Failure to isolate 11 patients at risk of spreading infection was among a litany of shortcomings identified by the health watchdog in an inspection of Cork University Hospital (CUH).
Concern was also raised on prevention of waterborne infection. The Health Information and Quality Authority (Hiqa) heard that one of the main water storage tanks at CUH had not been cleaned for some time “because of practical difficulties that could be experienced if the tank were to be emptied”.
A site risk-assessment for legionella had not been completed at the time of inspection in July. Hiqa was told a formal independent legionella risk assessment had commenced in June.
Hospital management had identified a need for additional personnel to improve infection prevention and control, including a consultant microbiologist, infection prevention and control nurse manager, and a surveillance scientist.
“At the time of inspection, there was no agreed timeframe in which these positions would be sanctioned,” Hiqa said. The need to fill the positions had been escalated to hospital group level for three years.
Inadequate isolation, surveillance and microbiological screening resources at CUH were first entered into the corporate risk register in 2010 and remained ongoing seven years later.
Inspectors said the surgical ward “did not facilitate effective infection prevention and control because of limited isolation facilities, limited space between beds”.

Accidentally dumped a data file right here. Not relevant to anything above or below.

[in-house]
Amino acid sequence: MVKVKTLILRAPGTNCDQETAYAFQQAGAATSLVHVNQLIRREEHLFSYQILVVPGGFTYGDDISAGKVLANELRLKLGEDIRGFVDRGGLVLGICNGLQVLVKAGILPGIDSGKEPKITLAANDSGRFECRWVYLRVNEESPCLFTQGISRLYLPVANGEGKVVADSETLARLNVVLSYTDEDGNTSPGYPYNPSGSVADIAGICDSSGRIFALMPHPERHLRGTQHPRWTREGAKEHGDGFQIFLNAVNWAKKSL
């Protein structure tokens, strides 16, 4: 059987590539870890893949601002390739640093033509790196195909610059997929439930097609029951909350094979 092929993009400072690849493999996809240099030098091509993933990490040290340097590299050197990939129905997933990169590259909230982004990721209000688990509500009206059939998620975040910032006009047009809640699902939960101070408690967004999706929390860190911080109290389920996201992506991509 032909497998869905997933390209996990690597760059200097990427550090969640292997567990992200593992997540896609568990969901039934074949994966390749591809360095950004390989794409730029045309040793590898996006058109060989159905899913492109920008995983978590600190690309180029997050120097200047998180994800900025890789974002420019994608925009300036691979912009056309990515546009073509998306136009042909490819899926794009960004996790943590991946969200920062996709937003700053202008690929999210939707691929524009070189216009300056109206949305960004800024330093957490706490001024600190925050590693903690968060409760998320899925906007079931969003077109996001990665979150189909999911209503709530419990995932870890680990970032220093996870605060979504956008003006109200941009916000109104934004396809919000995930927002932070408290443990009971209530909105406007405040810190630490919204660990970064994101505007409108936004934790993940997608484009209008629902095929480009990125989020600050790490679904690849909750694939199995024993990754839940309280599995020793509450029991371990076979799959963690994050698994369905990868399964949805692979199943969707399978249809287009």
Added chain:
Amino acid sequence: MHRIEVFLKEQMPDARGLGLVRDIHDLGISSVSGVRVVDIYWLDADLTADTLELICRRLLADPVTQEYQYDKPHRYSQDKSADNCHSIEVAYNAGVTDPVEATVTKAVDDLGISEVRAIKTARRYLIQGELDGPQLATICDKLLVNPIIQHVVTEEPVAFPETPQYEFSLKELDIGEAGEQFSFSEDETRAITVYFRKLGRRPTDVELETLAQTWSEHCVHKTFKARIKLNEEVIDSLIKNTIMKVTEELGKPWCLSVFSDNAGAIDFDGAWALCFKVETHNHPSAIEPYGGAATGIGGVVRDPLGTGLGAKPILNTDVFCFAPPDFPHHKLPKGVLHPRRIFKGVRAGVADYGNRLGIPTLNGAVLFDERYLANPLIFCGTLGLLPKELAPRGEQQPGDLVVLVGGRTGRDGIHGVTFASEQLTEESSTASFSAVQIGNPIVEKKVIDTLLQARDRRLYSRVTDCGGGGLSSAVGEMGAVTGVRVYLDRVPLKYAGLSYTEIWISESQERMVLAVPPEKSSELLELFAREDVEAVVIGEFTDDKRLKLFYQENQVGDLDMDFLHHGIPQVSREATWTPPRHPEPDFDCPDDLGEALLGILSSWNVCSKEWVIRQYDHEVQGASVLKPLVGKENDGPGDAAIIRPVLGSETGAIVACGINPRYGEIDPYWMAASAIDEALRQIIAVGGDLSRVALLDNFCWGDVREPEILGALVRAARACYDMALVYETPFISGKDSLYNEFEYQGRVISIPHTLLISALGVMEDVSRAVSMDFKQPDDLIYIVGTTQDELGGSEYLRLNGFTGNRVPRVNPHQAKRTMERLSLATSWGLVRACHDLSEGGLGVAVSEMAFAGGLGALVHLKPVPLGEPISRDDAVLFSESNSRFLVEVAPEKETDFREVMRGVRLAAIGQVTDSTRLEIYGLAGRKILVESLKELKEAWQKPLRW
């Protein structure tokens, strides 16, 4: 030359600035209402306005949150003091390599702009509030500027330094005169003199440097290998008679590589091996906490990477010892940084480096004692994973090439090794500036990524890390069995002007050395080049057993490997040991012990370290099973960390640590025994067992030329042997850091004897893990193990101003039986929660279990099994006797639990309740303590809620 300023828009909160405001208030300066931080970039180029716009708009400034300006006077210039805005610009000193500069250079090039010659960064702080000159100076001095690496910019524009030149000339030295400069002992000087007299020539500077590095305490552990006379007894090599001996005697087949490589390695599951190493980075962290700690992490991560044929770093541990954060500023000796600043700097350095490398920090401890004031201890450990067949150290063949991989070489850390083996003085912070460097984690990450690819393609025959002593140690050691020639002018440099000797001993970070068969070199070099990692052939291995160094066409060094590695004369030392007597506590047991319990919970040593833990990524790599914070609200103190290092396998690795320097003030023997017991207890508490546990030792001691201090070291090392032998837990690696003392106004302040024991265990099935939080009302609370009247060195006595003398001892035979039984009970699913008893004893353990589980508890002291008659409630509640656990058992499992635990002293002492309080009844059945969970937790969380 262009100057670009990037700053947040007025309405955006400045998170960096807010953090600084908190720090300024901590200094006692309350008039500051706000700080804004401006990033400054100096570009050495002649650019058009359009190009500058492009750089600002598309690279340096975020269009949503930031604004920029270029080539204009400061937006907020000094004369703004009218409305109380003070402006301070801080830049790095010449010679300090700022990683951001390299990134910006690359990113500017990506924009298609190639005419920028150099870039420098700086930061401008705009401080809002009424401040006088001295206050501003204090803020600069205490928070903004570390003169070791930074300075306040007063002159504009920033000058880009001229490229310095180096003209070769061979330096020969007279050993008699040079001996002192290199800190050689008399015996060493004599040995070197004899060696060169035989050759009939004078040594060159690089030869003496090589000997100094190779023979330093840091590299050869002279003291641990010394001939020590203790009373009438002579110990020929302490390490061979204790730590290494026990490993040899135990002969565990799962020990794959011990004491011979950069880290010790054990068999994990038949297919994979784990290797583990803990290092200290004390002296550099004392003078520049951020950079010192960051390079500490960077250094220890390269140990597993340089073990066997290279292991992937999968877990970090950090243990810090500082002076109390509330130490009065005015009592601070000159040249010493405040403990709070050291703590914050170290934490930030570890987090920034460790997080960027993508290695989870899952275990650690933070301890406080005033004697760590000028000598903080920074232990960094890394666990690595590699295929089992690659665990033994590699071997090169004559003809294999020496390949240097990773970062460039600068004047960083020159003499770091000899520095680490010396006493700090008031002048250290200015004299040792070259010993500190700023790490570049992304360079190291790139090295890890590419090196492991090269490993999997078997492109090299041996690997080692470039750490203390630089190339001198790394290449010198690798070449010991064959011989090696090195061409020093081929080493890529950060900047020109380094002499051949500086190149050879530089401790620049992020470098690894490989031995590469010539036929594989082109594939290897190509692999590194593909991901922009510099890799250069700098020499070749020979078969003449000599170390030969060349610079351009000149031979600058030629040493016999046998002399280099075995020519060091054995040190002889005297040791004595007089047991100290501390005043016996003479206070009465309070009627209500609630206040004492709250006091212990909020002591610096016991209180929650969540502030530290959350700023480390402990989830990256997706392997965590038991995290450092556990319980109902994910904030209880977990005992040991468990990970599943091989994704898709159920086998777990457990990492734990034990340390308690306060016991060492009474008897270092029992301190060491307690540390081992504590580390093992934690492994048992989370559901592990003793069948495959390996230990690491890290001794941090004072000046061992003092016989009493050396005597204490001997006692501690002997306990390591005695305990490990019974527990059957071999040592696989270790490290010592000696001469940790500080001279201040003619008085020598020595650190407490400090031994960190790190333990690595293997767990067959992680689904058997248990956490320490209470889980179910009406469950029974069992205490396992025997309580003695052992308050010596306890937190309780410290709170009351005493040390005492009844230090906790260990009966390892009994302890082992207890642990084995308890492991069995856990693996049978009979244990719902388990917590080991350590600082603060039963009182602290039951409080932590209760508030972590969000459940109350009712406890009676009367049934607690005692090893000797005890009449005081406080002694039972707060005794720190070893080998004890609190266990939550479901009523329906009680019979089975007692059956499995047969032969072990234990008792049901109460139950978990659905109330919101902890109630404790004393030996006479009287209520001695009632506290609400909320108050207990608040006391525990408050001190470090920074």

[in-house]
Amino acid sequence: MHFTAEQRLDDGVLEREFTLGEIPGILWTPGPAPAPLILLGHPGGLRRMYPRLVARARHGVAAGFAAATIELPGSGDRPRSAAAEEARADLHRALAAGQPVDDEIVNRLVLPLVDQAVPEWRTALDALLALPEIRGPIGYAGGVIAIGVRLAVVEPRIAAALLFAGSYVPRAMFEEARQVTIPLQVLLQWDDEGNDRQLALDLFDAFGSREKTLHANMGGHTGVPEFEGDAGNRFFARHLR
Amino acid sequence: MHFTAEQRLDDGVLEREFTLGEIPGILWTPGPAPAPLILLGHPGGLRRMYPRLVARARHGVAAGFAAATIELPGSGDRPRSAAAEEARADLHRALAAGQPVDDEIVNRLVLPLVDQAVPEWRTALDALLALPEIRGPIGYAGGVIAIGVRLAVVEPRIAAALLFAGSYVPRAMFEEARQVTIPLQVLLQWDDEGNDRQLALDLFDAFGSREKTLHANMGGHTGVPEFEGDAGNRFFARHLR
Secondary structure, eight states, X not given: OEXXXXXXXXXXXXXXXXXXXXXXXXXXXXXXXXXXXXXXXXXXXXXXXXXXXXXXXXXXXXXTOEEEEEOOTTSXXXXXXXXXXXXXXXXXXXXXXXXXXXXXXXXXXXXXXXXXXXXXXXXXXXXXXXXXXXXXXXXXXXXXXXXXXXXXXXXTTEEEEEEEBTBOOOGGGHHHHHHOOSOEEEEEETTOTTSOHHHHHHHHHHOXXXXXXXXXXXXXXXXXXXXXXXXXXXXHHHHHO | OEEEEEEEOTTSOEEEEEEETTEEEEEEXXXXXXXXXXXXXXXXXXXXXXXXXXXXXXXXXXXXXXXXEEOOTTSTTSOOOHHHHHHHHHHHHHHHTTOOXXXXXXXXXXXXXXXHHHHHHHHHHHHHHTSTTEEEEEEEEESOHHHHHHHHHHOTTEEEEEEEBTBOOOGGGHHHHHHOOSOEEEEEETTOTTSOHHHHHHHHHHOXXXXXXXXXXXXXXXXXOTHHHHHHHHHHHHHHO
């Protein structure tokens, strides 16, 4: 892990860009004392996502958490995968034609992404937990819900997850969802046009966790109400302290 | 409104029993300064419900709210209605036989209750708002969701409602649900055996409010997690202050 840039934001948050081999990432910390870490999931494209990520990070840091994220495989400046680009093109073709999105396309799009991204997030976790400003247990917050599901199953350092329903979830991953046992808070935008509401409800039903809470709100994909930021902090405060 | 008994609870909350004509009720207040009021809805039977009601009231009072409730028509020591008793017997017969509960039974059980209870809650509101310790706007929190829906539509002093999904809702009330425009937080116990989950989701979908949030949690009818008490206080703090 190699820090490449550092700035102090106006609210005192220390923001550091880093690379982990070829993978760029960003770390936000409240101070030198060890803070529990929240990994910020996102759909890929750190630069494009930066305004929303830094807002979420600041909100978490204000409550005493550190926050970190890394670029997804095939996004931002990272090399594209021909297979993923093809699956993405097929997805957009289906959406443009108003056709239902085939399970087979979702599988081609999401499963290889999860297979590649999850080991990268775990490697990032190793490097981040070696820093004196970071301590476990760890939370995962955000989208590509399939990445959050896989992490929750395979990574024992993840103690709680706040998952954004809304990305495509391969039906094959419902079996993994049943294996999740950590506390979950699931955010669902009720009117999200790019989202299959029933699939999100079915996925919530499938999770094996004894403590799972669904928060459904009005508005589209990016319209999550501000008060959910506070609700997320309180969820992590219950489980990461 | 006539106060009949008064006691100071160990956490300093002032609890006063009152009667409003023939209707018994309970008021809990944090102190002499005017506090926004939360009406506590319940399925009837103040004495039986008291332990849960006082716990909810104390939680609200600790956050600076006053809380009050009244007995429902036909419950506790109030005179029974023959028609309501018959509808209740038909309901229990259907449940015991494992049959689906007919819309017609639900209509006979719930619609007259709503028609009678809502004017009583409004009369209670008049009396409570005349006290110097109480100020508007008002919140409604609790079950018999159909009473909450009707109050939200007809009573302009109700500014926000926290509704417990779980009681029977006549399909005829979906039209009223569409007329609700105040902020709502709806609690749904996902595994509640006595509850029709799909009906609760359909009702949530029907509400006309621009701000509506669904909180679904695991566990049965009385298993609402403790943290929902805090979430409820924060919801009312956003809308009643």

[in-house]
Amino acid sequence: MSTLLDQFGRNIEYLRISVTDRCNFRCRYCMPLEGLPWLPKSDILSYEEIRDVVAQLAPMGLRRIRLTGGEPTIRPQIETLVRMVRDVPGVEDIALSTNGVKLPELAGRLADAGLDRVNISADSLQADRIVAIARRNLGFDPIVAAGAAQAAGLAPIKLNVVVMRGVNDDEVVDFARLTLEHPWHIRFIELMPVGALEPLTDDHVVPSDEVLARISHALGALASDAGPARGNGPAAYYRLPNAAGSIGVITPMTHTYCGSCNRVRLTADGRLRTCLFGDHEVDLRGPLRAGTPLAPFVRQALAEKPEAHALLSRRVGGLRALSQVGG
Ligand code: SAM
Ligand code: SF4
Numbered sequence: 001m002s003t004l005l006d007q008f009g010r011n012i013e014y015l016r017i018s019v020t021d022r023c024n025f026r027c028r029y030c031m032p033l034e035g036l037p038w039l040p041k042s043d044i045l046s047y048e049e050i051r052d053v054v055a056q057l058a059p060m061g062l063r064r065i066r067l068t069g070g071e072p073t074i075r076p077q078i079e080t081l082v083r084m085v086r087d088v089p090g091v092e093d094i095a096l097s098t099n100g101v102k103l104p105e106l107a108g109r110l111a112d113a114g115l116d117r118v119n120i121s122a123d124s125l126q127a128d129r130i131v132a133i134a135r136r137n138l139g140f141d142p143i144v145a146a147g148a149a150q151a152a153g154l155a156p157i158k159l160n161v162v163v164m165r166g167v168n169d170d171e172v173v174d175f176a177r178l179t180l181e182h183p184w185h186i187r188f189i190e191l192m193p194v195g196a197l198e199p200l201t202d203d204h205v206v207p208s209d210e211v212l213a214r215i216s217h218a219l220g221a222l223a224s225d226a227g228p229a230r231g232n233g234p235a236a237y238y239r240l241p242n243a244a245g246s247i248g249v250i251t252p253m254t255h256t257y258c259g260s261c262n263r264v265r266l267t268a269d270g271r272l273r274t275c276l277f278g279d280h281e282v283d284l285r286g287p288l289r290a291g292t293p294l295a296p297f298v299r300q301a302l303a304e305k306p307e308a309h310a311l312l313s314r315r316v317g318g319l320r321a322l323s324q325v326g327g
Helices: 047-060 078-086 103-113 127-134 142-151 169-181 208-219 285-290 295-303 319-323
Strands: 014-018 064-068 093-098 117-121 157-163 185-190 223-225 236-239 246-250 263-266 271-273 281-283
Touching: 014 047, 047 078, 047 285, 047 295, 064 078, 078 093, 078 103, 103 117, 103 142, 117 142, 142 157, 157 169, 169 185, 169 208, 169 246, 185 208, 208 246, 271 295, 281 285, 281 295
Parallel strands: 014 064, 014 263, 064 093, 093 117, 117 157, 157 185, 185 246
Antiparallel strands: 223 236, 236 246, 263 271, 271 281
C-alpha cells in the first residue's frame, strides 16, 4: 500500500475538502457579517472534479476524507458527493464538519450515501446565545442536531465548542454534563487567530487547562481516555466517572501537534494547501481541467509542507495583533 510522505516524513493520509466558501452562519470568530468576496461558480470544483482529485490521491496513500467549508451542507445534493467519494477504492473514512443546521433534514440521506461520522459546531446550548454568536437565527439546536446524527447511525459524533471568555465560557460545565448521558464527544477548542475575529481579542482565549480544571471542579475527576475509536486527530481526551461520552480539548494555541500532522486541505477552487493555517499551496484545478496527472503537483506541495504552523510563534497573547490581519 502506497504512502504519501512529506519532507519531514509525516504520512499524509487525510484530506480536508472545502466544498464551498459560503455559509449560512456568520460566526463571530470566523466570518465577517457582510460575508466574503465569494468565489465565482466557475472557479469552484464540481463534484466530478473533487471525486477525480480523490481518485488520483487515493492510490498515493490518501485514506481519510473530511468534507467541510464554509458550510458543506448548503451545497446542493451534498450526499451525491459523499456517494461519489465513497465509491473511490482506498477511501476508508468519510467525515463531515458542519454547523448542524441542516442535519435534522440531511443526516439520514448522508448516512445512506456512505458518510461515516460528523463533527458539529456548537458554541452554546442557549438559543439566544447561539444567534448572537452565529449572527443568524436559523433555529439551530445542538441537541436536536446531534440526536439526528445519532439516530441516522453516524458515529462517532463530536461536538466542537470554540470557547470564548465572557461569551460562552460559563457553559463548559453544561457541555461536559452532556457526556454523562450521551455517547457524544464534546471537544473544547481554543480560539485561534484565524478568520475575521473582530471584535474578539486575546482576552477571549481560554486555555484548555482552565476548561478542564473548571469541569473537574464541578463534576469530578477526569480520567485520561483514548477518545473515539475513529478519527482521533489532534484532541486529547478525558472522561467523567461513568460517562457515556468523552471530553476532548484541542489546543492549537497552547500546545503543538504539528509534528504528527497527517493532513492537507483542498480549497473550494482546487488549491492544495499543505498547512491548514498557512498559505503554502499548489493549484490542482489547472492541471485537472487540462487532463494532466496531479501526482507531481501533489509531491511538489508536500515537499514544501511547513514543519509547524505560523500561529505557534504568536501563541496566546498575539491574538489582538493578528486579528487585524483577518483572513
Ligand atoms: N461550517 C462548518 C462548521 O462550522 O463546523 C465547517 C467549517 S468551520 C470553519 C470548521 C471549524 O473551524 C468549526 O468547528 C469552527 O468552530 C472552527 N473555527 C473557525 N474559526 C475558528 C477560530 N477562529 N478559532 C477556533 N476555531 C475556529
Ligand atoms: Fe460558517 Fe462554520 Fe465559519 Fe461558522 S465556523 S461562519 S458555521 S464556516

Hiqa was particularly critical of oversight of infection and control measures at executive management level.
On surveillance, inspectors said: “Given that CUH is a tertiary referral hospital with multiple complex specialities, the implementation of targeted surveillance programmes for healthcare-associated infections needs to be progressed.
“This will require the necessary investment and support.”
The hospital was praised for largely good hand hygiene practices and for “significant work since the last Hiqa inspection  to progress improvements in relation to hospital hygiene”.
However, it said: “Improvement... will require improved leadership, governance, and management, both at senior management level, and within the infection prevention and control team.”
The report was published yesterday.
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